Photo: Sarah Silver
“I’ve had company for over thirty years now. It was very much about recreating work of my own,” Stephen Petronio says of his new five-year project “Bloodlines.” “When I hit the thirtieth anniversary I wondered if this was it. Merce [Cunningham] passed away and Trisha [Brown] became quite sick. I wondered what would happen to their work. And I wanted to open the door to works that have influenced me.”
To trace and honor that influence, the Stephen Petronio Company is in the process of acquiring and staging landmark dances by the most influential American postmodern choreographers. This installation of “Bloodlines,” opening at the Dance Center of Columbia College next weekend, includes Merce Cunningham’s “RainForest,” with sets by Andy Warhol, and Trisha Brown’s “Glacial Decoy,” with sets by Robert Rauschenberg; it’s the first time either of these pieces has been performed by a company other than those of the choreographers. “These were the first pieces I felt I had to have. My life is about collaboration between dance, visual art and music. Merce’s ‘RainForest’ masterwork. I asked for it and got it. I couldn’t believe it.” Read the rest of this entry »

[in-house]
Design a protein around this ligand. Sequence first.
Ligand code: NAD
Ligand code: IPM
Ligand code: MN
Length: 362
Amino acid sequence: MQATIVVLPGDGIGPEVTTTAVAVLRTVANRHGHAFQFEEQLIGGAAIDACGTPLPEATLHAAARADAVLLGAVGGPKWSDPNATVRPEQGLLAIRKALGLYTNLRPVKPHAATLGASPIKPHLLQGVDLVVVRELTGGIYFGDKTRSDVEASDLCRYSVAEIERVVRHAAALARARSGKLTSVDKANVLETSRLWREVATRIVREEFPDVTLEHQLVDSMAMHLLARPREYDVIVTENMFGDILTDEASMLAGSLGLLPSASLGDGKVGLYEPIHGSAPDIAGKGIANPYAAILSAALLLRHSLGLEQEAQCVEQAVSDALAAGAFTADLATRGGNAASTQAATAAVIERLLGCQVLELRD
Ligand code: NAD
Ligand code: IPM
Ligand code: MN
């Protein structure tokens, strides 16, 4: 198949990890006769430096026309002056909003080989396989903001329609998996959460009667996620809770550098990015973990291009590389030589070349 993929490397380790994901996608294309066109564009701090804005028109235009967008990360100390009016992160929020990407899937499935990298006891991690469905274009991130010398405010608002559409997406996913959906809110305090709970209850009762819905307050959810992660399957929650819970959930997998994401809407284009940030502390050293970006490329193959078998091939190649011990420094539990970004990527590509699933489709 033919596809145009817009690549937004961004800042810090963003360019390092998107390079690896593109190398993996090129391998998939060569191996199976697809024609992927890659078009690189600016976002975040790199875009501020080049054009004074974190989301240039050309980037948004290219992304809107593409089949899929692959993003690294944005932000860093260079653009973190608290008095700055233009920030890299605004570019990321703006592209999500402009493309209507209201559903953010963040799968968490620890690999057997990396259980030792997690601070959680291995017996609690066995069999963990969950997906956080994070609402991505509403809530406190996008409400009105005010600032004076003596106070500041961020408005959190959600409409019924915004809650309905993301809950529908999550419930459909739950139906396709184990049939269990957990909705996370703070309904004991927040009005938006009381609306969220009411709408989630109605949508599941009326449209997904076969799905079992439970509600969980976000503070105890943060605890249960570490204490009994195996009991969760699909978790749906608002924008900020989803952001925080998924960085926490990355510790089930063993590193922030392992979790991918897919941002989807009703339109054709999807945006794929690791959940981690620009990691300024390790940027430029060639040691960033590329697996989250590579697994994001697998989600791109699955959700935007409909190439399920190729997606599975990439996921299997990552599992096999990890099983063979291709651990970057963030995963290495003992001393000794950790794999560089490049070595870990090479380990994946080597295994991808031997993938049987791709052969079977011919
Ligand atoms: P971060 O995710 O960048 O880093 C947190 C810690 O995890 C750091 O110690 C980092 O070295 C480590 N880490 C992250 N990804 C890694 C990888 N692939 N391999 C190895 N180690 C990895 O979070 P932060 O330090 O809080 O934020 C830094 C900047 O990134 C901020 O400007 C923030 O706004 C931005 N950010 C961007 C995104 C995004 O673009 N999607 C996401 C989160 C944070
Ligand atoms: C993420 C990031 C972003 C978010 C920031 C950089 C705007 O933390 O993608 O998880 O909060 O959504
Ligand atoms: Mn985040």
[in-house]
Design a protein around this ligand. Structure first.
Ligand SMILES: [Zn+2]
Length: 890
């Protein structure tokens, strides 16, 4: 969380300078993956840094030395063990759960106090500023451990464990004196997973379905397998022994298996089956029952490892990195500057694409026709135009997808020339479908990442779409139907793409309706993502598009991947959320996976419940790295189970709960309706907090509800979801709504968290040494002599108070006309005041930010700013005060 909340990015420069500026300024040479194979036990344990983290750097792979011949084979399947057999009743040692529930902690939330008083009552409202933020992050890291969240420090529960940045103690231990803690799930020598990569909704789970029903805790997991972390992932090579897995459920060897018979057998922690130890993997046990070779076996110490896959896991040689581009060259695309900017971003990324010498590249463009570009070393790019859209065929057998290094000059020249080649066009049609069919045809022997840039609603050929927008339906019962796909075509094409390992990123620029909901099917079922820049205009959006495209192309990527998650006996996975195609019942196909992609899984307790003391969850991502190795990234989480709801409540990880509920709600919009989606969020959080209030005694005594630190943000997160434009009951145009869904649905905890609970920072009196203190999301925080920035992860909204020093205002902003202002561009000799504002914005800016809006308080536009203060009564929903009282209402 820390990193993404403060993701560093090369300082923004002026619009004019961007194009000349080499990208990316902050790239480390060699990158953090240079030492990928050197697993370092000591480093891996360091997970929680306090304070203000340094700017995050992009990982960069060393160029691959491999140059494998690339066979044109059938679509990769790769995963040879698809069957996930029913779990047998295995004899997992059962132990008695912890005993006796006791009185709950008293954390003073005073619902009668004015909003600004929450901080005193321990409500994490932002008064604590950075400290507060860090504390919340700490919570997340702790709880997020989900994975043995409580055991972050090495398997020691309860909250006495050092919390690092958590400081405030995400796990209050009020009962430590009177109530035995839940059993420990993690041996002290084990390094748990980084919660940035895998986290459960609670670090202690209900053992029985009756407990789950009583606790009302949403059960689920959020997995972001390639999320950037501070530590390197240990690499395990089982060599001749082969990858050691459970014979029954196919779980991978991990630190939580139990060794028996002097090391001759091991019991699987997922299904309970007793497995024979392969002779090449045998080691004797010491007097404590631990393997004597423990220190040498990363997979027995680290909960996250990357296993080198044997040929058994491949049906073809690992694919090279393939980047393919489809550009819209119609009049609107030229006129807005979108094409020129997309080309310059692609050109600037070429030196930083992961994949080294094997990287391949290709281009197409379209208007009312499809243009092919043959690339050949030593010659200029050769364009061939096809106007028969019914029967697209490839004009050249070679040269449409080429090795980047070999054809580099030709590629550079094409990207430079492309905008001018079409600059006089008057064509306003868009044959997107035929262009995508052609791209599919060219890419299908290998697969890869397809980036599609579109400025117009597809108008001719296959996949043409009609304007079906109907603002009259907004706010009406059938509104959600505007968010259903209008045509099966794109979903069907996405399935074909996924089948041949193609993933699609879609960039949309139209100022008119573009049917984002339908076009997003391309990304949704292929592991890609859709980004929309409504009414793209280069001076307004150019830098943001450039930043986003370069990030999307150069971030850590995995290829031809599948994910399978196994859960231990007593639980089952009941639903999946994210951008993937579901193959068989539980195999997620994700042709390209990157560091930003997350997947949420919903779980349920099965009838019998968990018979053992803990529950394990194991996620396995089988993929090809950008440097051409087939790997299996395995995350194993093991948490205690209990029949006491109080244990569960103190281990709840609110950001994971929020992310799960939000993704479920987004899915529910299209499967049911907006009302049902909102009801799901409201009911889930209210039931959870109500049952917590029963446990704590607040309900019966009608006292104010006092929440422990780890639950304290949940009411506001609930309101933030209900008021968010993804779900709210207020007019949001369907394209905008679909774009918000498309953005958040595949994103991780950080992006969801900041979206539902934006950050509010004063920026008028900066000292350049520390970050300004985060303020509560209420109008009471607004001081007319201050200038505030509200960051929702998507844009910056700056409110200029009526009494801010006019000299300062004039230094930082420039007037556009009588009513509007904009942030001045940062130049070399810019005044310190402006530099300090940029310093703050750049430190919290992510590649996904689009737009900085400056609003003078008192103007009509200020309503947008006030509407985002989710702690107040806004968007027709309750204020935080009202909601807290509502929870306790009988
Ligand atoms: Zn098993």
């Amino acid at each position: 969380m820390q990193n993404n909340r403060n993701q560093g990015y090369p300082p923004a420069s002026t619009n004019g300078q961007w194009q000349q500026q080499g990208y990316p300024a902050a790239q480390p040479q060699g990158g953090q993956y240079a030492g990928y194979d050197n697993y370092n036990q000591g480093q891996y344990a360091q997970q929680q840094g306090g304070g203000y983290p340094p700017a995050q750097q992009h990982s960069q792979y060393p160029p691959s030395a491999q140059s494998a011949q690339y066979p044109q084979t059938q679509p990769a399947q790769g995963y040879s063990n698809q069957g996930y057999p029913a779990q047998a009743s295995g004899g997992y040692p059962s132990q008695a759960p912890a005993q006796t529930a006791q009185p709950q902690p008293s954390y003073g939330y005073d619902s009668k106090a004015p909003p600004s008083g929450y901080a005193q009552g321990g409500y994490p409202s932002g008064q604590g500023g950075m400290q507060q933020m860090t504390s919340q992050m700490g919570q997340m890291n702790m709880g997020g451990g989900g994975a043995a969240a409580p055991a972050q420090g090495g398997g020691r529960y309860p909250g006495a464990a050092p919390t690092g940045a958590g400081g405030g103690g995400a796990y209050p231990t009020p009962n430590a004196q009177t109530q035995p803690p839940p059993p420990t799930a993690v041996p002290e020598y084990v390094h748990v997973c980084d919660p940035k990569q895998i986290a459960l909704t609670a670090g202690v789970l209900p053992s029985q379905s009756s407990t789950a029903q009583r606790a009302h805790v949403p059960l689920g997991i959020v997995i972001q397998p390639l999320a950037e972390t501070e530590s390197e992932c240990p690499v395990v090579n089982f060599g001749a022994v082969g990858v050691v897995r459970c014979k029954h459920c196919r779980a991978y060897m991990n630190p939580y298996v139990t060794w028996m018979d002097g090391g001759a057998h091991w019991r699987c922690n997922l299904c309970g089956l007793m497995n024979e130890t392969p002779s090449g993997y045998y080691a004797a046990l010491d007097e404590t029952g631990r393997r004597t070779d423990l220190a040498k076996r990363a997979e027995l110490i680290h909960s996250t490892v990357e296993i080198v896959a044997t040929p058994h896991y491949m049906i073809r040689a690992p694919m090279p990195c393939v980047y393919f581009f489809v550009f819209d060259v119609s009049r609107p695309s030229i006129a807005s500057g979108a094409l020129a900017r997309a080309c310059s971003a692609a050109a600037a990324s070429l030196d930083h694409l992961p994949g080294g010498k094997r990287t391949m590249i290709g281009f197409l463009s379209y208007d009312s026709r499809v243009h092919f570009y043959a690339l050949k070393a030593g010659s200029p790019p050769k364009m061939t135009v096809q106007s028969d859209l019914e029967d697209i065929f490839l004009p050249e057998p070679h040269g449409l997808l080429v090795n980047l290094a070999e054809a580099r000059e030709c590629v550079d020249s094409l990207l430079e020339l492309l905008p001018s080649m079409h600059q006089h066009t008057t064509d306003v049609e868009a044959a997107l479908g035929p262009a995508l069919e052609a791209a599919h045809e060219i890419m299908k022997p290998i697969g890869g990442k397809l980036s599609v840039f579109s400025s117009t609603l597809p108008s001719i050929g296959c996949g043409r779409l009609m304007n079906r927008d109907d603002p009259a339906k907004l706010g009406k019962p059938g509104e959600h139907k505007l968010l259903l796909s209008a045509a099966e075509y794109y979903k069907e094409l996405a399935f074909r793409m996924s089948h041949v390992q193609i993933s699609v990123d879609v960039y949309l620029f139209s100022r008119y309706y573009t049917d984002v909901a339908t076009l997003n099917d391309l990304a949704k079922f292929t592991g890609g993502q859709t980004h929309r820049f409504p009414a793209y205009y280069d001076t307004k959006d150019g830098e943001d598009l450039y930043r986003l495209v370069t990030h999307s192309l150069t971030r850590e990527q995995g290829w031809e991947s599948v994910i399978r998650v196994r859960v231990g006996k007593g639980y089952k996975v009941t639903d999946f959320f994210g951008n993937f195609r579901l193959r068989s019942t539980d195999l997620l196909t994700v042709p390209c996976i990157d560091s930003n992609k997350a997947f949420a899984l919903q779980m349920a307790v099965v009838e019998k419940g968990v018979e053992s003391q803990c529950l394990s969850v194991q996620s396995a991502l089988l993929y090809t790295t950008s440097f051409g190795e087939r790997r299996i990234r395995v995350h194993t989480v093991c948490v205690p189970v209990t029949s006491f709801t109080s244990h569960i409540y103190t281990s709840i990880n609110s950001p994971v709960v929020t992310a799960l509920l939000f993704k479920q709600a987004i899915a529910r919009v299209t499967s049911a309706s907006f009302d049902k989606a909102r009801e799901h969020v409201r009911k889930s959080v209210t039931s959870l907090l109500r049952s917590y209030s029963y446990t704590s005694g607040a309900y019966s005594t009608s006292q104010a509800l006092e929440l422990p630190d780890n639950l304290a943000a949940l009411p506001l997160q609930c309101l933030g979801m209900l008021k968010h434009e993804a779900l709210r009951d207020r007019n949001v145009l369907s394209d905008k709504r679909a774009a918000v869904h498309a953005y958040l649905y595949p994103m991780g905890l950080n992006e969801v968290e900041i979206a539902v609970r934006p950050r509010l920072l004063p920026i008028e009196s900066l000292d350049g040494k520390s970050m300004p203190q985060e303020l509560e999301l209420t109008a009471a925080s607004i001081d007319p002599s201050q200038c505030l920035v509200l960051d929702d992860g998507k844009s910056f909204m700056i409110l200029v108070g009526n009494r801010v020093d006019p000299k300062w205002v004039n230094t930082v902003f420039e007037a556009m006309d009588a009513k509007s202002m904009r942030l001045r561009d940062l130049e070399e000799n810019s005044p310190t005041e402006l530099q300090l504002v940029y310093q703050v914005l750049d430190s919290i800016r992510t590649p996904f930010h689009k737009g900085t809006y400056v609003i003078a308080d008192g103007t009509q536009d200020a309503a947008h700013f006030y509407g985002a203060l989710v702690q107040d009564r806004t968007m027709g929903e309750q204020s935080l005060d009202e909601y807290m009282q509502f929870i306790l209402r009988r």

Photo: Rick McCullough
Jawole Willa Jo Zollar, inspired by her upbringing in an African-American neighborhood of Kansas City, founded her all-female company to give voice to the disenfranchised, particularly women of the African Diaspora. Urban Bush Women now marks thirty years of impassioned dance making for social change and comes to the Dance Center of Columbia College as part of the celebration. Two pieces are on the program: Zollar’s “Hep Hep Sweet Sweet,” a personal memoir and homage to music and culture of her youth. We’re taken to Kansas City via song, and welcomed into a nightclub scene swinging with jazz and blues—right after the narrative voice tells us that her reflections are “part truth, part memory, part rumor, part nostalgia and part myth.” Read the rest of this entry »
Photo: Yi Chun